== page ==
Attending the first local homeschool meeting of the year, we played a fun game of speed dating to get to know the newbies and allow the newbies to learn about other moms in the group. We began each three minute chat with basic questions like, “How many kids do you have?” and, “How long have you homeschooled?” and, “Why did you choose to homeschool?”
My Favorite Question
If time allowed, we followed up with a list of other questions we could pick and choose from. I felt like the grandma I am as each new gal gasped when I said I had homeschooled nearly twenty years. I believe I had the winning high number in that category. But the question that fascinated me most was the reason behind the homeschooling choice.
I loved seeing women’s eyes light up and smiles break out on their faces as they expressed a desire to spend more time with their kids. Then there were the moms who felt it was a calling by God. Then the moms who had made the list and checked it twice and decided, I’m sure through an algorithm, that homeschooling was best for her kids.
And then there are the moms who, with great expression and drama, conveyed the horrors of public school. They proceeded to tell me the most outrageous and extreme stories of things gone awry in the government-controlled systems.
Again, I’ve homeschooled nearly twenty years, and I couldn’t help but inwardly chuckle a little at these women. It almost seemed they needed to make the public school system as bad as possible to justify their reasoning for homeschooling.
Don’t get me wrong. Like I said, I’ve homeschooled for a long time. But I didn’t homeschool because the public school system was the enemy. I must remember that nearly 98 percent of all Americans have been in a school system at some point in their lives. Based on the way these women talked, you would have thought we had a population in the United States of 95 percent sociopaths.
But here’s the thing, to each of these ladies’ surprise, when they asked why I chose to homeschool, I gently let them know that I had chosen to put my son into the public school system for this year. GASP!
That’s right, I did something I honestly never thought I would do. Not because I thought the public school system was the cause of all things wrong with humankind; rather, I truly enjoy being with my kids. But after much consideration, listing the pros and cons, my husband and I believed it best for our son to go to school.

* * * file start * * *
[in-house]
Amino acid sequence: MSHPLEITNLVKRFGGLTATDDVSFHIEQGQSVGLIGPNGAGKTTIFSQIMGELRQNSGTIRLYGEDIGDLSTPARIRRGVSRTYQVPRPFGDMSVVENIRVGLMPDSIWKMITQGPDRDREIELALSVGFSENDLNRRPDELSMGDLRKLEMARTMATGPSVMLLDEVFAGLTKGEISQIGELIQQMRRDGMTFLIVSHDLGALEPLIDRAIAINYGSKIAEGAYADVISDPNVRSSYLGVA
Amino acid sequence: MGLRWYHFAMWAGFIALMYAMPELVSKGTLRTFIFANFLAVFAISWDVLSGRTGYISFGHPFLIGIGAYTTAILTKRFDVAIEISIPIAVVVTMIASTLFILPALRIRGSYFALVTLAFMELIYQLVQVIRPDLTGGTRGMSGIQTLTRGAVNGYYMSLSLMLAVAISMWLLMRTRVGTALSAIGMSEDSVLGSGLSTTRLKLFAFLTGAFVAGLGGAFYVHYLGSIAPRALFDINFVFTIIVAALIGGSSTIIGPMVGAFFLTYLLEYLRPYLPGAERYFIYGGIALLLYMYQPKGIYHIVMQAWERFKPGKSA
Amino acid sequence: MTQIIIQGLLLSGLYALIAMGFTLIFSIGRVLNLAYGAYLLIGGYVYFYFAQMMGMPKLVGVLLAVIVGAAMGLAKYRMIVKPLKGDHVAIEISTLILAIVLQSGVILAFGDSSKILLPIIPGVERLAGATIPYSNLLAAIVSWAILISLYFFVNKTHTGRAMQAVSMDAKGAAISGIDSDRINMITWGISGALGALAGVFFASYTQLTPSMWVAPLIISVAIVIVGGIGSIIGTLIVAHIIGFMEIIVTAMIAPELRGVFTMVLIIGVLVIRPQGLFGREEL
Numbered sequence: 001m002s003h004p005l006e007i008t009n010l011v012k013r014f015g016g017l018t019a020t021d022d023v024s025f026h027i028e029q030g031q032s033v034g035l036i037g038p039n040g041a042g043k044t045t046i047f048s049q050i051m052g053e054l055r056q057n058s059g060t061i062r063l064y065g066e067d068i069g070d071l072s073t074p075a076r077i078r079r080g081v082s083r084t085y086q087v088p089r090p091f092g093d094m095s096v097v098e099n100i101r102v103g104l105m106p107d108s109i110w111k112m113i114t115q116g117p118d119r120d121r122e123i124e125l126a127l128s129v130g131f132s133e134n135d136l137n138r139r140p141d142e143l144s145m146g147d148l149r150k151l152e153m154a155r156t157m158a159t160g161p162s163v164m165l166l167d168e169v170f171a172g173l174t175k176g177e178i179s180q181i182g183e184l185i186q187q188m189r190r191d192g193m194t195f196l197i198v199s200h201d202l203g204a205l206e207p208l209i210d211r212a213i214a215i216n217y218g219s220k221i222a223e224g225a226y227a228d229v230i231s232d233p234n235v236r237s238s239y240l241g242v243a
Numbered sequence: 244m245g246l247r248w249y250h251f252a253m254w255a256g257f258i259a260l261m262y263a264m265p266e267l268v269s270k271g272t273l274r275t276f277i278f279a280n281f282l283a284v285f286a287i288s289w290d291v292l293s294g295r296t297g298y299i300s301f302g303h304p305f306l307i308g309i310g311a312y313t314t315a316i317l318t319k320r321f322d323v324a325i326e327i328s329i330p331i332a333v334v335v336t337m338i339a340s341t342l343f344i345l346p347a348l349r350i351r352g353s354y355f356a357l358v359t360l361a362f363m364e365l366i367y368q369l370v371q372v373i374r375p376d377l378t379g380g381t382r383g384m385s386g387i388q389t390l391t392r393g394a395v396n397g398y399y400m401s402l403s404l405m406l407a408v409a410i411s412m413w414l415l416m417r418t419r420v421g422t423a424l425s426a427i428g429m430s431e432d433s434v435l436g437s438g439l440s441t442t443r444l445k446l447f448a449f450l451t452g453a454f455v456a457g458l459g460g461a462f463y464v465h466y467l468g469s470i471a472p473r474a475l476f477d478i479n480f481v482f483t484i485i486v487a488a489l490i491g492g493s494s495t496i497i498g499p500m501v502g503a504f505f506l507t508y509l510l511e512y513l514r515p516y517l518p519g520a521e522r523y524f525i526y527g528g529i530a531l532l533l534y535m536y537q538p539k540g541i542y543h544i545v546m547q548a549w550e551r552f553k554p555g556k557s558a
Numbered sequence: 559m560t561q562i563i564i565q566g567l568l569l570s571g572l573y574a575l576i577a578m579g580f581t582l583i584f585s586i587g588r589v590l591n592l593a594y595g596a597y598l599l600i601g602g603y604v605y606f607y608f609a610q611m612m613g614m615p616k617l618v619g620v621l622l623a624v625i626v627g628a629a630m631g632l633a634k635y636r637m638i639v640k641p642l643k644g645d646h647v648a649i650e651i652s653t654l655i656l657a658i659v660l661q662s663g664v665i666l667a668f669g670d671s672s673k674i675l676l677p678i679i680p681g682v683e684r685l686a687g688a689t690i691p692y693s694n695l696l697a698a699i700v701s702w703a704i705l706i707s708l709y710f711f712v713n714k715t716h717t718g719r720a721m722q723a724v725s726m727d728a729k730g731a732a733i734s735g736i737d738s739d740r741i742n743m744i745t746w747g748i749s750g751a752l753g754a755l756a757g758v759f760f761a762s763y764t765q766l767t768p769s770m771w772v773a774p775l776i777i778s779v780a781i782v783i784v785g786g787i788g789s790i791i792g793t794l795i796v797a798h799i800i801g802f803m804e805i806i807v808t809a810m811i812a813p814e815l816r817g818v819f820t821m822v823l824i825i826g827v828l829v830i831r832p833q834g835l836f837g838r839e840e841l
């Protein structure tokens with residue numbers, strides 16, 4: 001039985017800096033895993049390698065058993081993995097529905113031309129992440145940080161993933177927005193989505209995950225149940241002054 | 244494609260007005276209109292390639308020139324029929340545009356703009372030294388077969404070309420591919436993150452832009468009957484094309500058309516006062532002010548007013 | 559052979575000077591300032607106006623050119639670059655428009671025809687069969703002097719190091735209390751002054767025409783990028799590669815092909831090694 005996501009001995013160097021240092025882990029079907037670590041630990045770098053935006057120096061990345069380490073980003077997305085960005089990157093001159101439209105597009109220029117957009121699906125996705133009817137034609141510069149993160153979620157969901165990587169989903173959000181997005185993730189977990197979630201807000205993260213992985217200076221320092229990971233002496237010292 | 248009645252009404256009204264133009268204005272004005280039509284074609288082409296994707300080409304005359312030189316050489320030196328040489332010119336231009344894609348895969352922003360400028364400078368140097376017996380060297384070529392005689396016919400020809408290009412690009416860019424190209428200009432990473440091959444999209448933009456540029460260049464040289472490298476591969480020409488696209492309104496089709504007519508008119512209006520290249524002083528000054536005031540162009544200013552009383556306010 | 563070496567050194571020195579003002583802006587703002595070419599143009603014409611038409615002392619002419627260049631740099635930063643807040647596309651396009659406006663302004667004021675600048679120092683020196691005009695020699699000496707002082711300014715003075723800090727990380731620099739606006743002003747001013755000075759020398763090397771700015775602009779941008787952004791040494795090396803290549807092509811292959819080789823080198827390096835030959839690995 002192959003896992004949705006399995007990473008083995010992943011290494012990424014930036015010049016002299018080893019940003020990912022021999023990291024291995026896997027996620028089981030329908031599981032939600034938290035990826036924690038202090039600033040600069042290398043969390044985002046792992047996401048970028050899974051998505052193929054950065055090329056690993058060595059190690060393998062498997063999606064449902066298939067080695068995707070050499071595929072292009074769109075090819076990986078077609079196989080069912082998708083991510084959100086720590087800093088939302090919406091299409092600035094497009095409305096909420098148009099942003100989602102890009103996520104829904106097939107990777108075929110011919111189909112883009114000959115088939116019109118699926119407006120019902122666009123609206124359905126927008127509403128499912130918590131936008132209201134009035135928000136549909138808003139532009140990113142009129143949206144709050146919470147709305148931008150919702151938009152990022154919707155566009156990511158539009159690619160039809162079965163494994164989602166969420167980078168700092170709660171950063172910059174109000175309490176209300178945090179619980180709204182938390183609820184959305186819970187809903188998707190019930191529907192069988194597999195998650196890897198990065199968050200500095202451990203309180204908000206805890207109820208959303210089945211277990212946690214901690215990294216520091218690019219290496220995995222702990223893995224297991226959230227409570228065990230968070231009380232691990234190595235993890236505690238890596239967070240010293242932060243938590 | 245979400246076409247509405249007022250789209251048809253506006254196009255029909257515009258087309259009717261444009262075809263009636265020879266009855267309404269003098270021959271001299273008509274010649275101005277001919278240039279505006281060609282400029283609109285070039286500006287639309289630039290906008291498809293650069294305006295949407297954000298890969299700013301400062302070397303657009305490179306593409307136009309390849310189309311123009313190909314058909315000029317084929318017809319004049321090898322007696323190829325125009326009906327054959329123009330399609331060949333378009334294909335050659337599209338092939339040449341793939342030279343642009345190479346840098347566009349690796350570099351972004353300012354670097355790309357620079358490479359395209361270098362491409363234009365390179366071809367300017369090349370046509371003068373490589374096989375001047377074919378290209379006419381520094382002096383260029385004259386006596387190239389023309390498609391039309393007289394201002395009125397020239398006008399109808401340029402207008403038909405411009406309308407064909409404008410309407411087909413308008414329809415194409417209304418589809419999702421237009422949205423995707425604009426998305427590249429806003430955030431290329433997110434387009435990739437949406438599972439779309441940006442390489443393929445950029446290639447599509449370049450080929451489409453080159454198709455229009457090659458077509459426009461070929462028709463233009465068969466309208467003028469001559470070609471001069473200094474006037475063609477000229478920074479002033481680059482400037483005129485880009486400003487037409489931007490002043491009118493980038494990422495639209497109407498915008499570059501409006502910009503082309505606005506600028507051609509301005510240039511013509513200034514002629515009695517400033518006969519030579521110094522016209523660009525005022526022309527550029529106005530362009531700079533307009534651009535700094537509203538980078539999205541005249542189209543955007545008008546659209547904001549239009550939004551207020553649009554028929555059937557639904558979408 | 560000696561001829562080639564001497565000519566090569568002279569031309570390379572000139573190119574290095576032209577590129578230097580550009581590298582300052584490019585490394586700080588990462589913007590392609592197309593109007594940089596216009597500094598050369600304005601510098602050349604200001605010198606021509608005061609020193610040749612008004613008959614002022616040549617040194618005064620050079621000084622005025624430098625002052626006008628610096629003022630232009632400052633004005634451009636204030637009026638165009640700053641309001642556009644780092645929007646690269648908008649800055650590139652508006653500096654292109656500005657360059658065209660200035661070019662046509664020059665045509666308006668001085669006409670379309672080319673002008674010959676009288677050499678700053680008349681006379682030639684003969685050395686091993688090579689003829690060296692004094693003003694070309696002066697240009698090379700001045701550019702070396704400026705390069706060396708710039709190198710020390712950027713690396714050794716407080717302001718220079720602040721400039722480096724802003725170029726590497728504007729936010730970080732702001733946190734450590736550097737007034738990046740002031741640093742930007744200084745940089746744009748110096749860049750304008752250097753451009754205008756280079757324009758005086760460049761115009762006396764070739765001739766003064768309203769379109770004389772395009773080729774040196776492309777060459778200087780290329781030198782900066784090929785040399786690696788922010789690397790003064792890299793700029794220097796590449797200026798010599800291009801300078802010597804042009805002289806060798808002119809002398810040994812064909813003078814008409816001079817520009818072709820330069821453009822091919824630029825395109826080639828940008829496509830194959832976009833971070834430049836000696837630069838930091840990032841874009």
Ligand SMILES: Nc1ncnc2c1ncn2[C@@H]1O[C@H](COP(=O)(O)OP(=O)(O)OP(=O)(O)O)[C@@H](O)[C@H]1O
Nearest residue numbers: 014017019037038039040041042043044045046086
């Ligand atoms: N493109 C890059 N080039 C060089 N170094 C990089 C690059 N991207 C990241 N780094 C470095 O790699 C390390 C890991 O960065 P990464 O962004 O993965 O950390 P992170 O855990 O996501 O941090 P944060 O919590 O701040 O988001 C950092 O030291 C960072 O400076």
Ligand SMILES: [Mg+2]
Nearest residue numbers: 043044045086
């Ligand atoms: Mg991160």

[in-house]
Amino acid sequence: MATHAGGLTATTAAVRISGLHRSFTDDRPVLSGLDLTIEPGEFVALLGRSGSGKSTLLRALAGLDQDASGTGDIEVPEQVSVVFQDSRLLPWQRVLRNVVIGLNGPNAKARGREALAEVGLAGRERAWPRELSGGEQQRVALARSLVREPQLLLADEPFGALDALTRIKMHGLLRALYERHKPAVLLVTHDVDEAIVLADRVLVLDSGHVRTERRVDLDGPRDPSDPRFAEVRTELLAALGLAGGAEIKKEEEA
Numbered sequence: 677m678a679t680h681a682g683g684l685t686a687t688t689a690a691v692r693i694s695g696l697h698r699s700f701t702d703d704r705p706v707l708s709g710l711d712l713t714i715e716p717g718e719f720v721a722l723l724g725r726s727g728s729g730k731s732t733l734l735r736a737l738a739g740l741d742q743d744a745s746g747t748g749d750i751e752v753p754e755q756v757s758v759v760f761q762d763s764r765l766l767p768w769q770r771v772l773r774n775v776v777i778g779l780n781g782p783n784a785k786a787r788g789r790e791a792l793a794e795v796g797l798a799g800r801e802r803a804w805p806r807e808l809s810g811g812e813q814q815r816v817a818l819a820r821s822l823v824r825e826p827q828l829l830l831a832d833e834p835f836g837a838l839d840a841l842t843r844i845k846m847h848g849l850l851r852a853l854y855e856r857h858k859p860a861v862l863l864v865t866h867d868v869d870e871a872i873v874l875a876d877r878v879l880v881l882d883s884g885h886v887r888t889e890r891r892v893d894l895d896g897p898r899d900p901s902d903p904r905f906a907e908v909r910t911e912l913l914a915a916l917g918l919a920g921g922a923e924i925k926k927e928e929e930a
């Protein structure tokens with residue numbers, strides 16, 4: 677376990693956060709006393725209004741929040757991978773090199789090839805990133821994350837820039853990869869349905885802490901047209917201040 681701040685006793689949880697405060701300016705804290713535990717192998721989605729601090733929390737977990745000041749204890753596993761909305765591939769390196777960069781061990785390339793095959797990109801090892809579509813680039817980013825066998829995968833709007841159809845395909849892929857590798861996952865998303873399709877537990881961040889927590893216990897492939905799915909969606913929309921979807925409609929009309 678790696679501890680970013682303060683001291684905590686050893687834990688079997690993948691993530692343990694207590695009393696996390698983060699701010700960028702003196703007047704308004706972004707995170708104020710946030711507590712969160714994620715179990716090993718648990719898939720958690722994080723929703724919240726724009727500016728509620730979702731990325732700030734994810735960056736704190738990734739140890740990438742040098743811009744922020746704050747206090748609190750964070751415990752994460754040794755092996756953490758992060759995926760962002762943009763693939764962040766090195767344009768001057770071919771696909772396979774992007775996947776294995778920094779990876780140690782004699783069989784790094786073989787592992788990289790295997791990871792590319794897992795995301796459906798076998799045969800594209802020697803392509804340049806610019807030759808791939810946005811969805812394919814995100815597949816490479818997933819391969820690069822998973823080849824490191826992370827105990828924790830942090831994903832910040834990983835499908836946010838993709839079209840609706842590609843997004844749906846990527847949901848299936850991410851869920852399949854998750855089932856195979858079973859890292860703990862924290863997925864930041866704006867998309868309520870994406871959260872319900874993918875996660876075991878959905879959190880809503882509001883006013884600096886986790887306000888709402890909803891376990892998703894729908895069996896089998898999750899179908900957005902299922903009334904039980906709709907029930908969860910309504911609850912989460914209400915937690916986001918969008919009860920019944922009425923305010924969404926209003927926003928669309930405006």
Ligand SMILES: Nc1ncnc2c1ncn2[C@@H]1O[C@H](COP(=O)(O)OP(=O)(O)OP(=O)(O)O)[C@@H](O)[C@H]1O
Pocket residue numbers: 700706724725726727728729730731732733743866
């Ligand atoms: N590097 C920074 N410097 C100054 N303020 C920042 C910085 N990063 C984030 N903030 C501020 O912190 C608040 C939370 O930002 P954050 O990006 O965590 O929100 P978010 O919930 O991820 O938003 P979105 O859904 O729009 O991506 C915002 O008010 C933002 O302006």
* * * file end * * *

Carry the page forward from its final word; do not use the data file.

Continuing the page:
Back to School?
When making the decision to homeschool, can I offer a few key items to consider that can help you determine if maybe, perhaps, it just might be possible that you should put Johnny or Susie back into school?
For every parent, it’s critical to evaluate your student’s needs to see if homeschooling is the right fit. This evaluation should go beyond the academic needs, it should include an analysis of your child’s development emotionally, academically, and physically, as well as gauge his/her maturity. Would your child benefit more through homeschooling or from being in school?
Another important area to evaluate, especially when kids hit the tween and teen years, is their interests. What hobbies, skills, or interests does your student have, and will you be able to facilitate what it takes to go to the next level?
In our case, our fifteen-year-old son, the baby of the family, showed signs of needing more than just Mommy to direct him. Yes, we probably could have done this through a tutorial, but after much deliberation, my husband and I agreed that the public school system would be a better fit. We wanted him to experience first-hand instruction from other adults, homework requirements, grades, responsibility, benefits, and consequences. Although we could teach these at home, this young man was having a very difficult time understanding the systems the world operates on, and school was the perfect training ground.
As well, our son expressed a great interest in ROTC, and our local school has an outstanding program. Not only did this allow for a rigid physical education program, which resulted in a young man being too tired to game at night (this was an unforeseen bonus), but it also has special teams that require certain grade levels that gave our son incentive to do better academically.
As parents, we also need to evaluate our own capacity to homeschool. This includes the stage of life we are in, changes in our home life, financial responsibilities, work obligations, health issues, and general homeschool burnout.
In our life, the previous year of homeschooling had not been very successful. We dealt with major health issues, a move, and a demanding work schedule. Couple that with a fourteen-year-old who spent more time trying to figure out how to get out of schoolwork than trying to do the work, and we knew one more year in this direction could greatly—and negatively—impact our relationship with him.
Let me encourage any mother who struggles with successful homeschooling, regardless of the reason. It’s okay to send your kids to school. At the end of the day, we all want the best for our children, and if the goal is a parent-directed education, then whether you choose public, private, or homeschool, you’ll have success if you make the effort to be involved and engaged.